Historical Markers
Pennsylvania Chautauqua, The Historical Marker
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Pennsylvania Chautauqua, The

Hershey/Gettysburg/Dutch Country Region


Marker Location:
Route 117 and Carnegie Ave., Mt. Gretna

Dedication Date:
August 2, 2002

Behind the Marker

Several ladies and a man stand outside the Hall of Philosophy, small against the backdrop of the large classic building with white columns.
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Hall of Philosophy, Chautauqua Grounds, Mount Gretna, PA, circa 1910.
"The most American thing in America," President Theodore Roosevelt called the Chautauqua, the great grand summer school of culture and public enlightenment founded in New York State in 1874. A more caustic Sinclair Lewis dismissed the program of lectures and entertainment as "nothing but wind and chaff … and the laughter of yokels." Whatever one's opinion, there was no denying the tremendous popular appeal and cultural significance of the Chautauqua movement that flourished across America and in Pennsylvania at the turn of the twentieth century.
Horse driven carriages, people in fancy dress, and a camp grounds with buildings fill the foreground. Mountains filled with green trees fill the background.
The West Branch camp meeting, Clinton County, PA, circa 1872.

Founded by Methodist minister John Heyl Vincent and businessman Lewis Miller, the original 1874 Chautauqua Institution was conceived as an inspirational and educational program for Sunday School teachers. Intentionally modeled on the popular religious camp-meeting format, the assembly continued to draw tens of thousands of visitors to Lake Chautauqua even as it evolved into a national phenomenon.

A kind of commoner's university of the open air rooted in rural and small town life, the Chautauqua developed into a broad and eclectic venue of speeches, concerts, and performances that according to one frequent visitor, "broadened our lives in many ways." In time, theatrical and operatic productions, musical and choral groups, and the leading politicians and public intellectuals of the day found in the vast movement a forum to reach the masses.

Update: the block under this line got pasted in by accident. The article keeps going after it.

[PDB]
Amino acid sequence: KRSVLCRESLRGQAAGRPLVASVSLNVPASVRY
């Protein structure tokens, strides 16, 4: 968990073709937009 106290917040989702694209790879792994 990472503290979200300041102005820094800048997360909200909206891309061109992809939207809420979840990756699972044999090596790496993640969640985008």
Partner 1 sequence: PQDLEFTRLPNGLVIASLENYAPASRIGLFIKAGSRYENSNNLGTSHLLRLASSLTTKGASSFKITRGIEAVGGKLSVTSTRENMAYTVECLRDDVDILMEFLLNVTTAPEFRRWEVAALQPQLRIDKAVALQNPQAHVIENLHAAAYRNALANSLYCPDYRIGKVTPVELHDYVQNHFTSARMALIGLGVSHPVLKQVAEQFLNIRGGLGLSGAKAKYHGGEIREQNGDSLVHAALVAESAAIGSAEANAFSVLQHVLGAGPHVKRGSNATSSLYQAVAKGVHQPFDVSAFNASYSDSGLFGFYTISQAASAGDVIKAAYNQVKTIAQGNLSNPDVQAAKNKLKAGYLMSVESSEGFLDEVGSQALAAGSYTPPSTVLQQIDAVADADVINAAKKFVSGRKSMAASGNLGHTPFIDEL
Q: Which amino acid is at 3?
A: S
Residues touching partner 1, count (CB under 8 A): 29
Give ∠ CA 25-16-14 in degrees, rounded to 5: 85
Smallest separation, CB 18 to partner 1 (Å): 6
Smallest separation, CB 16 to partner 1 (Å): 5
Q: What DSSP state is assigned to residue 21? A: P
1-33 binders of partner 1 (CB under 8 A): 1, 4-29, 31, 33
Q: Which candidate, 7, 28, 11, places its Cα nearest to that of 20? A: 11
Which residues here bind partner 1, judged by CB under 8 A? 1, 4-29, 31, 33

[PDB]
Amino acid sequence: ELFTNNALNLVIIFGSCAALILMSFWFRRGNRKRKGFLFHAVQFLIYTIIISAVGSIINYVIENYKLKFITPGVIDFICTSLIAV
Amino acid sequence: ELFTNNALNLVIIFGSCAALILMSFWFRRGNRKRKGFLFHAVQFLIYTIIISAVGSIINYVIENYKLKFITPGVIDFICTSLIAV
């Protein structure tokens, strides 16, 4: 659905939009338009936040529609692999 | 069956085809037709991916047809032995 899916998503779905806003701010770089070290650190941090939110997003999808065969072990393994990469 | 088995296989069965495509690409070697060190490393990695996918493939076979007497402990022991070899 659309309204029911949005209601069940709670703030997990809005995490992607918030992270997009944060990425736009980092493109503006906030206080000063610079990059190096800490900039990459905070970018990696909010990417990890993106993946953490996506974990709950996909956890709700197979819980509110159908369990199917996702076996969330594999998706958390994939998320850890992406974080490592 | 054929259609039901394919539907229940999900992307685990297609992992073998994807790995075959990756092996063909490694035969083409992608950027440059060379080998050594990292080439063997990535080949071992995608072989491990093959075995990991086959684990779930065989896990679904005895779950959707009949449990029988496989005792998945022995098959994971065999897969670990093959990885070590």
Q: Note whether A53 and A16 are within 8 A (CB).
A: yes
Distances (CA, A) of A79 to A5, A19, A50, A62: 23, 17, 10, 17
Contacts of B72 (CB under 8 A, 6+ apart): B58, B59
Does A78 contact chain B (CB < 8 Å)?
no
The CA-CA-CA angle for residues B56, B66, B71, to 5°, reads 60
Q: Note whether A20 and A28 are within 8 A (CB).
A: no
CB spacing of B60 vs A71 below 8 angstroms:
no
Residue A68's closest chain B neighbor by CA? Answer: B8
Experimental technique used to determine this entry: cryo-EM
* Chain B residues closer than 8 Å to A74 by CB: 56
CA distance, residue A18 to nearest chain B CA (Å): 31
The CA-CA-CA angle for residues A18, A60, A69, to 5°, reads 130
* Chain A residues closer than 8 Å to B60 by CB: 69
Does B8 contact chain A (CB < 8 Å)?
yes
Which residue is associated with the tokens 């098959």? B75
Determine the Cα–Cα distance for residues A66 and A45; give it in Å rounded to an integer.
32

Rev. Russell Herman Conwell, head-and-shoulders portrait, facing front.
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Reverend Russell Conwell, the founder of Temple University, circa 1922.

Like the original New York assembly, the Pennsylvania Chautauqua combined religious and commercial elements in a summertime program that attracted vacationers to the resort town of Mt. Gretna, Lebanon County. By the time organizers approached him in 1892, industrialist Robert Coleman had already made a substantial investment in the development of Mt. Gretna as a vacation destination on his Cornwall and Lebanon Railroad. (Then as now the local Chautauqua organizers were tied to nearby Lebanon Valley College.) With an eye to the commercial development of his property, Coleman just the year before had supported the relocation of the United Brethren camp meeting site from Stoverdale to Mt. Gretna.

By August 1892 several dozen cottages surrounded a new Chautauqua Auditorium that stood on the opposite side of the road from a Tabernacle and 100 camp meeting dwellings. To this day, residents refer to the Camp Meeting and Chautauqua "sides" of the village, an oblique reference to the continuing religious and cultural aspects of Gretna life.
Color cover page for Pamphlet of a father, young daughter, and Grandmother looking over the grounds and a brochure.
Pennsylvania Chautauqua Pamphlet, Mifflinburg, PA, 1922.

Like the annual Pennsylvania assembly, the national movement never quite abandoned its formative religious roots even as it expanded to include some 200 permanent and traveling (or circuit) venues. More dignified than vaudeville, the Chautauqua stressed public uplift and refinement. Visitors could expect presentations on a wide range of topics in science, philosophy, politics, and the arts. Though traditional in its appeal, Populists, Progressives, the voice of Modernism and the Old Time Religion all had a place on the Chautauqua stage.

Orators Russell Conwell ("Acres of Diamonds") and William Jennings Bryan ("Prince of Peace") were perennial crowd pleasers. Bryan's "Cross of Gold Speech," his Populist anthem in the election of 1896, may have been the most popular stump speech ever presented to a Chautauqua audience. Liberal "Fighting Bob" La Follette and the humorist Opie Read were friends of the program. Typical summer fare might include a Shakespearean comedy, the Fiske Jubilee Singers, and one or more orchestras and bands that toured the country. John Philip Sousa's Band had a huge following across the heartland.

By the eve of the First World War, the Chautauqua movement had matured into an unprecedented public forum. One source estimated that at its peak in the post-war years the Chautauqua program was active in forty-five states and attracted more than 45 million people. The combined effects of the automobile, new forms of mass entertainment, and the economic collapse of the 1930s brought an end to this unique national enterprise. More than a century after its founding, however, individual Chautauqua programs still attract large summer crowds in communities across America.

Today, the Chautauqua grounds remain opposite the Camp Meeting site, and a friendly but fierce loyalty divides residents in the resort town. Though smaller in scale than during its early twentieth-century heyday, the Pennsylvania Chautauqua still embodies the guiding principles of intellectual uplift and culture in summertime program of musical concerts, theatrical performances, and occasional lectures that attract visitors from across the region.
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